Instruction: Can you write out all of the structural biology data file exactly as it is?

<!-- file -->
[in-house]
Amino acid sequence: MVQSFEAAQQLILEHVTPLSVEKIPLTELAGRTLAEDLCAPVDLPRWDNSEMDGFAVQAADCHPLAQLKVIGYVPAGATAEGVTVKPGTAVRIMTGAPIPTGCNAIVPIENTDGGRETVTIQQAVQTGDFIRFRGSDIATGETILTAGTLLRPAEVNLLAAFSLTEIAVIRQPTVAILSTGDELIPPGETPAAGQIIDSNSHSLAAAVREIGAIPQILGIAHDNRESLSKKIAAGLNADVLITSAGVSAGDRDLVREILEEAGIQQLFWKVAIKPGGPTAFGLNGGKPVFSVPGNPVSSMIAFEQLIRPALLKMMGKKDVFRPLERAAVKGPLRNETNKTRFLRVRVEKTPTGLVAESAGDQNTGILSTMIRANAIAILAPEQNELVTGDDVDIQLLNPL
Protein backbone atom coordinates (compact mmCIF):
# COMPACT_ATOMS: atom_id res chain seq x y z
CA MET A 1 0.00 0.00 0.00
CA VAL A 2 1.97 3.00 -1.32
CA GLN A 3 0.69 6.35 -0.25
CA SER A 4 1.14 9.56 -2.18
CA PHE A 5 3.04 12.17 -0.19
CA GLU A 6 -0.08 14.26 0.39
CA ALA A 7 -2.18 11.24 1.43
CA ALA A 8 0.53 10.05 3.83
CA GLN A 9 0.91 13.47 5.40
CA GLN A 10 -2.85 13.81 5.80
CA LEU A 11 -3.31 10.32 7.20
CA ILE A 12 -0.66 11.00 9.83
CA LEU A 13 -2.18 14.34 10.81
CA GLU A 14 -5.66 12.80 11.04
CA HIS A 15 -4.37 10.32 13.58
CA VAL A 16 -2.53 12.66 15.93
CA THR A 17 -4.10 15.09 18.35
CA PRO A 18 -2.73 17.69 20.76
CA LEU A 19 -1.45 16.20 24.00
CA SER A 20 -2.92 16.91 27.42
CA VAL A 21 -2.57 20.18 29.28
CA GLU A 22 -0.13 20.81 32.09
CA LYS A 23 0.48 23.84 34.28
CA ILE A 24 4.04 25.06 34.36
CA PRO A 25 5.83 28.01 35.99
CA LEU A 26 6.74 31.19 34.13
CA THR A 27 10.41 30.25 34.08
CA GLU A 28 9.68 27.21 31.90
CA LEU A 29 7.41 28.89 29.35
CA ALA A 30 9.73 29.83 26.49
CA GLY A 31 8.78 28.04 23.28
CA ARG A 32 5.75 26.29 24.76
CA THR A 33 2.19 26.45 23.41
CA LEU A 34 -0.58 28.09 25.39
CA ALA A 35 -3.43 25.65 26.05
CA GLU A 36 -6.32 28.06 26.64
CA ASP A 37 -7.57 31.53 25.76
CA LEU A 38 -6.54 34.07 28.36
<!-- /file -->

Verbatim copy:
[in-house]
Amino acid sequence: MVQSFEAAQQLILEHVTPLSVEKIPLTELAGRTLAEDLCAPVDLPRWDNSEMDGFAVQAADCHPLAQLKVIGYVPAGATAEGVTVKPGTAVRIMTGAPIPTGCNAIVPIENTDGGRETVTIQQAVQTGDFIRFRGSDIATGETILTAGTLLRPAEVNLLAAFSLTEIAVIRQPTVAILSTGDELIPPGETPAAGQIIDSNSHSLAAAVREIGAIPQILGIAHDNRESLSKKIAAGLNADVLITSAGVSAGDRDLVREILEEAGIQQLFWKVAIKPGGPTAFGLNGGKPVFSVPGNPVSSMIAFEQLIRPALLKMMGKKDVFRPLERAAVKGPLRNETNKTRFLRVRVEKTPTGLVAESAGDQNTGILSTMIRANAIAILAPEQNELVTGDDVDIQLLNPL
Protein backbone atom coordinates (compact mmCIF):
# COMPACT_ATOMS: atom_id res chain seq x y z
CA MET A 1 0.00 0.00 0.00
CA VAL A 2 1.97 3.00 -1.32
CA GLN A 3 0.69 6.35 -0.25
CA SER A 4 1.14 9.56 -2.18
CA PHE A 5 3.04 12.17 -0.19
CA GLU A 6 -0.08 14.26 0.39
CA ALA A 7 -2.18 11.24 1.43
CA ALA A 8 0.53 10.05 3.83
CA GLN A 9 0.91 13.47 5.40
CA GLN A 10 -2.85 13.81 5.80
CA LEU A 11 -3.31 10.32 7.20
CA ILE A 12 -0.66 11.00 9.83
CA LEU A 13 -2.18 14.34 10.81
CA GLU A 14 -5.66 12.80 11.04
CA HIS A 15 -4.37 10.32 13.58
CA VAL A 16 -2.53 12.66 15.93
CA THR A 17 -4.10 15.09 18.35
CA PRO A 18 -2.73 17.69 20.76
CA LEU A 19 -1.45 16.20 24.00
CA SER A 20 -2.92 16.91 27.42
CA VAL A 21 -2.57 20.18 29.28
CA GLU A 22 -0.13 20.81 32.09
CA LYS A 23 0.48 23.84 34.28
CA ILE A 24 4.04 25.06 34.36
CA PRO A 25 5.83 28.01 35.99
CA LEU A 26 6.74 31.19 34.13
CA THR A 27 10.41 30.25 34.08
CA GLU A 28 9.68 27.21 31.90
CA LEU A 29 7.41 28.89 29.35
CA ALA A 30 9.73 29.83 26.49
CA GLY A 31 8.78 28.04 23.28
CA ARG A 32 5.75 26.29 24.76
CA THR A 33 2.19 26.45 23.41
CA LEU A 34 -0.58 28.09 25.39
CA ALA A 35 -3.43 25.65 26.05
CA GLU A 36 -6.32 28.06 26.64
CA ASP A 37 -7.57 31.53 25.76
CA LEU A 38 -6.54 34.07 28.36